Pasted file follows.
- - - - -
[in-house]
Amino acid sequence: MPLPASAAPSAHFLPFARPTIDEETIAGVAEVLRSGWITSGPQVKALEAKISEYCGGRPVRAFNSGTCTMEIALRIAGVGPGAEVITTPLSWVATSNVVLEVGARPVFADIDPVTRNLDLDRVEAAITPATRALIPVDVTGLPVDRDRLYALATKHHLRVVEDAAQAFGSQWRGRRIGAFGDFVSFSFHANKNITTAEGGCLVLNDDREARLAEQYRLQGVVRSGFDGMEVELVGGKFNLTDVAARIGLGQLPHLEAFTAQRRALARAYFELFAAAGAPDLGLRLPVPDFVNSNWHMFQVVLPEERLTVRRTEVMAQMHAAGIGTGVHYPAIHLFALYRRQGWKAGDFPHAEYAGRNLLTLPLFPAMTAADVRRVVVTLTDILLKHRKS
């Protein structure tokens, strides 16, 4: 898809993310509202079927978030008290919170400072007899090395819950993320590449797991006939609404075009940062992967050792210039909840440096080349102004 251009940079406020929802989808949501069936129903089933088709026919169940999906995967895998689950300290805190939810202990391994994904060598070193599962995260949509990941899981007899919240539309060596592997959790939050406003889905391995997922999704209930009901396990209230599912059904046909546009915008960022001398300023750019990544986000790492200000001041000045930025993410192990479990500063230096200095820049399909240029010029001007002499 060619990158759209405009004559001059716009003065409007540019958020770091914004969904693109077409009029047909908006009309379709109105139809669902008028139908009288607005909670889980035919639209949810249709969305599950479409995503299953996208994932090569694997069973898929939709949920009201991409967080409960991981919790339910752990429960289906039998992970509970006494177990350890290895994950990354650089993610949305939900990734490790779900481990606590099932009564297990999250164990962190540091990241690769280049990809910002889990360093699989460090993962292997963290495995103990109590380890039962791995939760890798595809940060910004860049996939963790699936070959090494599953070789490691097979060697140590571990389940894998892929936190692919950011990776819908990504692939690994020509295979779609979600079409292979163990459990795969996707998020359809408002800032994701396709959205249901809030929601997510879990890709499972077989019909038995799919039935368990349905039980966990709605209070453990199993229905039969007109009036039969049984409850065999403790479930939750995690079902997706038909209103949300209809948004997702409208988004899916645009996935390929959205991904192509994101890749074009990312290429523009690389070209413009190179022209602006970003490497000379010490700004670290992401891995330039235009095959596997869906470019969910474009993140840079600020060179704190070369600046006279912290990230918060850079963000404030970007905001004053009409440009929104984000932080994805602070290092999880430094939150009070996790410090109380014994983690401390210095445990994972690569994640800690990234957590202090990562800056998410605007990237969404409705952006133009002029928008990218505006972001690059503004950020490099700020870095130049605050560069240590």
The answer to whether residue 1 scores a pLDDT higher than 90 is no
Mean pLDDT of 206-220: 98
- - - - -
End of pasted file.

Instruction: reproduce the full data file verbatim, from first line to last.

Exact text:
[in-house]
Amino acid sequence: MPLPASAAPSAHFLPFARPTIDEETIAGVAEVLRSGWITSGPQVKALEAKISEYCGGRPVRAFNSGTCTMEIALRIAGVGPGAEVITTPLSWVATSNVVLEVGARPVFADIDPVTRNLDLDRVEAAITPATRALIPVDVTGLPVDRDRLYALATKHHLRVVEDAAQAFGSQWRGRRIGAFGDFVSFSFHANKNITTAEGGCLVLNDDREARLAEQYRLQGVVRSGFDGMEVELVGGKFNLTDVAARIGLGQLPHLEAFTAQRRALARAYFELFAAAGAPDLGLRLPVPDFVNSNWHMFQVVLPEERLTVRRTEVMAQMHAAGIGTGVHYPAIHLFALYRRQGWKAGDFPHAEYAGRNLLTLPLFPAMTAADVRRVVVTLTDILLKHRKS
């Protein structure tokens, strides 16, 4: 898809993310509202079927978030008290919170400072007899090395819950993320590449797991006939609404075009940062992967050792210039909840440096080349102004 251009940079406020929802989808949501069936129903089933088709026919169940999906995967895998689950300290805190939810202990391994994904060598070193599962995260949509990941899981007899919240539309060596592997959790939050406003889905391995997922999704209930009901396990209230599912059904046909546009915008960022001398300023750019990544986000790492200000001041000045930025993410192990479990500063230096200095820049399909240029010029001007002499 060619990158759209405009004559001059716009003065409007540019958020770091914004969904693109077409009029047909908006009309379709109105139809669902008028139908009288607005909670889980035919639209949810249709969305599950479409995503299953996208994932090569694997069973898929939709949920009201991409967080409960991981919790339910752990429960289906039998992970509970006494177990350890290895994950990354650089993610949305939900990734490790779900481990606590099932009564297990999250164990962190540091990241690769280049990809910002889990360093699989460090993962292997963290495995103990109590380890039962791995939760890798595809940060910004860049996939963790699936070959090494599953070789490691097979060697140590571990389940894998892929936190692919950011990776819908990504692939690994020509295979779609979600079409292979163990459990795969996707998020359809408002800032994701396709959205249901809030929601997510879990890709499972077989019909038995799919039935368990349905039980966990709605209070453990199993229905039969007109009036039969049984409850065999403790479930939750995690079902997706038909209103949300209809948004997702409208988004899916645009996935390929959205991904192509994101890749074009990312290429523009690389070209413009190179022209602006970003490497000379010490700004670290992401891995330039235009095959596997869906470019969910474009993140840079600020060179704190070369600046006279912290990230918060850079963000404030970007905001004053009409440009929104984000932080994805602070290092999880430094939150009070996790410090109380014994983690401390210095445990994972690569994640800690990234957590202090990562800056998410605007990237969404409705952006133009002029928008990218505006972001690059503004950020490099700020870095130049605050560069240590």
The answer to whether residue 1 scores a pLDDT higher than 90 is no
Mean pLDDT of 206-220: 98